Johnson, J. Ernest

James Ernest Johnson, Trimmer 172TS, Royal Naval Reserve H.M. Trawler “Whooper”
Died at sea off Lowestoft 30th June 1916, aged 39

 

EARLY LIFE

James Ernest Johnson was born in Macclesfield on 14th January 1877, the son of James Johnson (a silk power loom weaver) and his wife Sarah Ann (a silk piecer), of Macclesfield. In 1881, four year old James Ernest was living with his parents at 57 St George’s Street, Sutton, South Macclesfield. He was later known as Ernest.

By the time of the 1891 census, Sarah Ann was living with Emanuel Scragg, and 14 year old Ernest was listed as Emanuel’s stepson, living at No. 1 Court 2, Higginbotham Street with his mother, stepfather, brothers Samuel (15), Percy (8) and half-sisters Annie (2) and Alice (3 months).

On 16th July 1896 Ernest attested with the Cheshire Regiment, receiving service number 5270. His service records show that he had previously served with the 4th Cheshire Regiment and Militia Reserve. He was described as 20 years of age, 5 feet 5½ inches tall, and weighed 143 pounds, with a 35 inch chest, a fresh complexion, grey eyes and golden hair. Ernest named his mother, Sarah Ann Johnson, and his younger siblings Percy, Fred, Annie and Alice, all of 49 Parsonage Street, Macclesfield, as his next of kin.

Ernest progressed through the army ranks: he was promoted to Lance Corporal on 24th November 1897, Corporal on 1st July 1898, and Lance Sergeant on 2nd August 1899. He served with the army in the South African war of 1900-1902 and was awarded the South Africa medal with clasps for Cape Colony, Orange Free State and Johannesburg. He left the army in 1904.

As James E. Johnson, Ernest married Teresa Adelaide Tubby (known as Adelaide) at Lowestoft in early summer 1915. In late 1917, after Ernest’s death, Adelaide married Ernest Elwick.

 

WW1 SERVICE

Ernest joined the Royal Naval Reserve on 7th August 1914 at Grimsby; he gave his address as 41 Harold Street, Grimsby. His service records describe him as 5 feet 7 inches tall, with a 38½ inch chest, fresh complexion, grey eyes and a scar on his left cheek. He served on H.M.T. Whooper, which was employed to carry out minesweeping in the North Sea. The ship was built in 1914 by J. Duthie Torry Shipbuilding Co, Aberdeen, for the Cygnet Steam Fishing Co Ltd, Fleetwood, and registered at Fleetwood on 18th July 1914. In December 1914 the ship was requisitioned for war service as a minesweeper.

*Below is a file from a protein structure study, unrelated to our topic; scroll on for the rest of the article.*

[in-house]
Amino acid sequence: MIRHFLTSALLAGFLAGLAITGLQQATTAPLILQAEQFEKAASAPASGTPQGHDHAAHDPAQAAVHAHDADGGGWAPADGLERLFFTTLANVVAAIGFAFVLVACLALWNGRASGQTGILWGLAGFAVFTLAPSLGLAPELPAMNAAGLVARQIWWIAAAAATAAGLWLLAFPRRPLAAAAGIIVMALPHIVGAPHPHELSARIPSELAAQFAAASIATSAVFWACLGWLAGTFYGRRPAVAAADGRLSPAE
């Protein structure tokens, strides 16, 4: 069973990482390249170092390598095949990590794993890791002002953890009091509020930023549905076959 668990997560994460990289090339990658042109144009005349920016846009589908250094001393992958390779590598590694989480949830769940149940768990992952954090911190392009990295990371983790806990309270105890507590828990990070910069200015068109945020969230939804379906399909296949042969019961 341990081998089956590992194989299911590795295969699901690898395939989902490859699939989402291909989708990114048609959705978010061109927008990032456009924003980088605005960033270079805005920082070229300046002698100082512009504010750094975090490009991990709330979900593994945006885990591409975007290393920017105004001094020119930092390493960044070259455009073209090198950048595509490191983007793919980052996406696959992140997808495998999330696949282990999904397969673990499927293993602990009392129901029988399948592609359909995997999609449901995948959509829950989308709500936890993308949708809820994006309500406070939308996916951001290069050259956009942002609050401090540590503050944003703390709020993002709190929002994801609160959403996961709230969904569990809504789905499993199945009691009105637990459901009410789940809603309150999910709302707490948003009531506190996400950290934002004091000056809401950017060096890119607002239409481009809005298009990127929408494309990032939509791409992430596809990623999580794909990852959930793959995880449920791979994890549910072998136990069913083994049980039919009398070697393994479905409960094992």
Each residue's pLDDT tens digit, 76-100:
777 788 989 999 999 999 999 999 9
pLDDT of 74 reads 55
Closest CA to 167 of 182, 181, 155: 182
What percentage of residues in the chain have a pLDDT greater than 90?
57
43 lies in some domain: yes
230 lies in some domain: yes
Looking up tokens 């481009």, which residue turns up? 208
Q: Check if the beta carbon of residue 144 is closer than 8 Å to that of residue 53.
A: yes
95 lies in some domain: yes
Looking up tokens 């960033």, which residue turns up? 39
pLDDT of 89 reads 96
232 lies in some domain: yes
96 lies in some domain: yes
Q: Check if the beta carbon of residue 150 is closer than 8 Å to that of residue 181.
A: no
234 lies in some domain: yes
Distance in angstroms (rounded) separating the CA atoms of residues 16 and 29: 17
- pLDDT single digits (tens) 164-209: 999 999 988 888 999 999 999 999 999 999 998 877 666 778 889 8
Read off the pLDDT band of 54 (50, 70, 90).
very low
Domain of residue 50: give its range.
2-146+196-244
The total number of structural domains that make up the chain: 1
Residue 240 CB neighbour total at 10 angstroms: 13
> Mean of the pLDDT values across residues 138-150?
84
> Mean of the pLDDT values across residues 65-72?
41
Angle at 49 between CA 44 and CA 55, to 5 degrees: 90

Ernest was killed, along with the captain and another seven crew members, when the ship struck a mine off Lowestoft on 30th June 1916; his body was never recovered.

 

COMMEMORATION

Trimmer Ernest Johnson was lost at sea and is commemorated on Panel Ref. 20 of the Chatham Naval Memorial. The Commonwealth War Graves Commission holds casualty details for Trimmer Ernest Johnson.

In Lowestoft, Ernest is commemorated on the list of names contained within the Lowestoft war memorial: the names are not inscribed on the memorial itself. His name is also listed on the programme produced for the unveiling of the memorial; unfortunately his name is incorrectly spelled ‘Johnston’.

 

Johnson Ernest 1916 MAC19-A259 web

 

Locally, Ernest is commemorated on a private gravestone at grave ref. A. 259 in Macclesfield cemetery, on which is inscribed:

 

In loving memory of
Sarah Ann Scragg
widow of the late James Johnson
born Dec 21st 1853, died Feb 29th 1924
Hushed blessed are the dead who in Jesus arms do rest

Also of her beloved son
(Minesweeper) Ernest Johnson
blown up at sea by enemy’s mine near Lowestoft
1915 aged 37 years.
The path of duty is the way to glory.

Also Percy Johnson
died December 8th 1936 aged 54 years
Always remembered.

 

(Note the memorial mistakenly gives the year of death as 1915).


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